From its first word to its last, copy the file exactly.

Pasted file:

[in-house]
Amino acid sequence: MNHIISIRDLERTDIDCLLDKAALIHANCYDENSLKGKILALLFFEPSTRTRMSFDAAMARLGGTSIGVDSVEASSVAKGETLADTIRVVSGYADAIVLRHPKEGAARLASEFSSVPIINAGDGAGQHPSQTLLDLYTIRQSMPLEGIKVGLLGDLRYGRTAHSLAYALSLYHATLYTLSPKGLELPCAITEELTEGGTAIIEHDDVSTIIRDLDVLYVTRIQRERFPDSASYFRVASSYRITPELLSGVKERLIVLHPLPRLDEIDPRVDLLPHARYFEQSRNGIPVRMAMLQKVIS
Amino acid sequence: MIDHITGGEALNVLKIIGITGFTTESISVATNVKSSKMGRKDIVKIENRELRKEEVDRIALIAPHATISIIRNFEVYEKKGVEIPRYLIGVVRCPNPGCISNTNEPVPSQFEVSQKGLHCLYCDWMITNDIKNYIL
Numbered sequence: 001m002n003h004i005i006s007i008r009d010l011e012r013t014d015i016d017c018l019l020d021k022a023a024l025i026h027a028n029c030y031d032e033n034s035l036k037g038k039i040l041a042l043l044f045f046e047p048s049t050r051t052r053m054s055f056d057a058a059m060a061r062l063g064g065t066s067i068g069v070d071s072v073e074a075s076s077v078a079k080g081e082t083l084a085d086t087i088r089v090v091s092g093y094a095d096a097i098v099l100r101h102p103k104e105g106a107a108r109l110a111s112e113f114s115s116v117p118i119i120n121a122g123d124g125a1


[in-house]
Amino acid sequence: MNHIISIRDLERTDIDCLLDKAALIHANCYDENSLKGKILALLFFEPSTRTRMSFDAAMARLGGTSIGVDSVEASSVAKGETLADTIRVVSGYADAIVLRHPKEGAARLASEFSSVPIINAGDGAGQHPSQTLLDLYTIRQSMPLEGIKVGLLGDLRYGRTAHSLAYALSLYHATLYTLSPKGLELPCAITEELTEGGTAIIEHDDVSTIIRDLDVLYVTRIQRERFPDSASYFRVASSYRITPELLSGVKERLIVLHPLPRLDEIDPRVDLLPHARYFEQSRNGIPVRMAMLQKVIS
Amino acid sequence: MIDHITGGEALNVLKIIGITGFTTESISVATNVKSSKMGRKDIVKIENRELRKEEVDRIALIAPHATISIIRNFEVYEKKGVEIPRYLIGVVRCPNPGCISNTNEPVPSQFEVSQKGLHCLYCDWMITNDIKNYIL
Numbered sequence: 001m002n003h004i005i006s007i008r009d010l011e012r013t014d015i016d017c018l019l020d021k022a023a024l025i026h027a028n029c030y031d032e033n034s035l036k037g038k039i040l041a042l043l044f045f046e047p048s049t050r051t052r053m054s055f056d057a058a059m060a061r062l063g064g065t066s067i068g069v070d071s072v073e074a075s076s077v078a079k080g081e082t083l084a085d086t087i088r089v090v091s092g093y094a095d096a097i098v099l100r101h102p103k104e105g106a107a108r109l110a111s112e113f114s115s116v117p118i119i120n121a122g123d124g125a1